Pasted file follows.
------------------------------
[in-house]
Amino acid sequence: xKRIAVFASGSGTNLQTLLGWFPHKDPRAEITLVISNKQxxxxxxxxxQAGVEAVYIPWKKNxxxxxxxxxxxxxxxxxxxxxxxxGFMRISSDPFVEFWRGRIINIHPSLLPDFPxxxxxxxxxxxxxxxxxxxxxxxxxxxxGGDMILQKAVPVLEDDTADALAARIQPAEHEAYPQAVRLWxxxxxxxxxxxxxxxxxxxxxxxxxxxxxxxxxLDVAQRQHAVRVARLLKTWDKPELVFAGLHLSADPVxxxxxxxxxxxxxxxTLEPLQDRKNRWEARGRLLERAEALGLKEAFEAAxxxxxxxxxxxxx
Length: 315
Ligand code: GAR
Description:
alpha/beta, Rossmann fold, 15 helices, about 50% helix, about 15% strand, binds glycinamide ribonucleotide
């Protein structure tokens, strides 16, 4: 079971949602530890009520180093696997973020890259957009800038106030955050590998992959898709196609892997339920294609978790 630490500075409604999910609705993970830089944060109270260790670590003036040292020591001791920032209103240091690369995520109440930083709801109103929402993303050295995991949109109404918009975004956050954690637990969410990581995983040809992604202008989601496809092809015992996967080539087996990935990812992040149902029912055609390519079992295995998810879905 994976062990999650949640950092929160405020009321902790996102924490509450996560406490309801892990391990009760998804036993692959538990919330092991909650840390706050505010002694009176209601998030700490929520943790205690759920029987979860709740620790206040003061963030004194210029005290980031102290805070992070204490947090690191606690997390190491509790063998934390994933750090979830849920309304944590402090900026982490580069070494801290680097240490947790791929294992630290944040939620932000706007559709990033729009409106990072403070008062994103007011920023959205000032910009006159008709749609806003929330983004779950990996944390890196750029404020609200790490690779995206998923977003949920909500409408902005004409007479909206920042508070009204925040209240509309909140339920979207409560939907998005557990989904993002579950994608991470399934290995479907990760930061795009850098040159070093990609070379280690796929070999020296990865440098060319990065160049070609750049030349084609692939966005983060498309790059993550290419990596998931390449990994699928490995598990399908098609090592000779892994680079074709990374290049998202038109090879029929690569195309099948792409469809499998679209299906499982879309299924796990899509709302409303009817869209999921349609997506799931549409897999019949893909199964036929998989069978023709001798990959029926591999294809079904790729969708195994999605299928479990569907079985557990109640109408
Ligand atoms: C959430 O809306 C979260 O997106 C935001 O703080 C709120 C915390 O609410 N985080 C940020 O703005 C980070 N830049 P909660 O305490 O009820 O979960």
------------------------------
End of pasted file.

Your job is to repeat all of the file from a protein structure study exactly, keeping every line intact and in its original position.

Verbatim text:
[in-house]
Amino acid sequence: xKRIAVFASGSGTNLQTLLGWFPHKDPRAEITLVISNKQxxxxxxxxxQAGVEAVYIPWKKNxxxxxxxxxxxxxxxxxxxxxxxxGFMRISSDPFVEFWRGRIINIHPSLLPDFPxxxxxxxxxxxxxxxxxxxxxxxxxxxxGGDMILQKAVPVLEDDTADALAARIQPAEHEAYPQAVRLWxxxxxxxxxxxxxxxxxxxxxxxxxxxxxxxxxLDVAQRQHAVRVARLLKTWDKPELVFAGLHLSADPVxxxxxxxxxxxxxxxTLEPLQDRKNRWEARGRLLERAEALGLKEAFEAAxxxxxxxxxxxxx
Length: 315
Ligand code: GAR
Description:
alpha/beta, Rossmann fold, 15 helices, about 50% helix, about 15% strand, binds glycinamide ribonucleotide
């Protein structure tokens, strides 16, 4: 079971949602530890009520180093696997973020890259957009800038106030955050590998992959898709196609892997339920294609978790 630490500075409604999910609705993970830089944060109270260790670590003036040292020591001791920032209103240091690369995520109440930083709801109103929402993303050295995991949109109404918009975004956050954690637990969410990581995983040809992604202008989601496809092809015992996967080539087996990935990812992040149902029912055609390519079992295995998810879905 994976062990999650949640950092929160405020009321902790996102924490509450996560406490309801892990391990009760998804036993692959538990919330092991909650840390706050505010002694009176209601998030700490929520943790205690759920029987979860709740620790206040003061963030004194210029005290980031102290805070992070204490947090690191606690997390190491509790063998934390994933750090979830849920309304944590402090900026982490580069070494801290680097240490947790791929294992630290944040939620932000706007559709990033729009409106990072403070008062994103007011920023959205000032910009006159008709749609806003929330983004779950990996944390890196750029404020609200790490690779995206998923977003949920909500409408902005004409007479909206920042508070009204925040209240509309909140339920979207409560939907998005557990989904993002579950994608991470399934290995479907990760930061795009850098040159070093990609070379280690796929070999020296990865440098060319990065160049070609750049030349084609692939966005983060498309790059993550290419990596998931390449990994699928490995598990399908098609090592000779892994680079074709990374290049998202038109090879029929690569195309099948792409469809499998679209299906499982879309299924796990899509709302409303009817869209999921349609997506799931549409897999019949893909199964036929998989069978023709001798990959029926591999294809079904790729969708195994999605299928479990569907079985557990109640109408
Ligand atoms: C959430 O809306 C979260 O997106 C935001 O703080 C709120 C915390 O609410 N985080 C940020 O703005 C980070 N830049 P909660 O305490 O009820 O979960």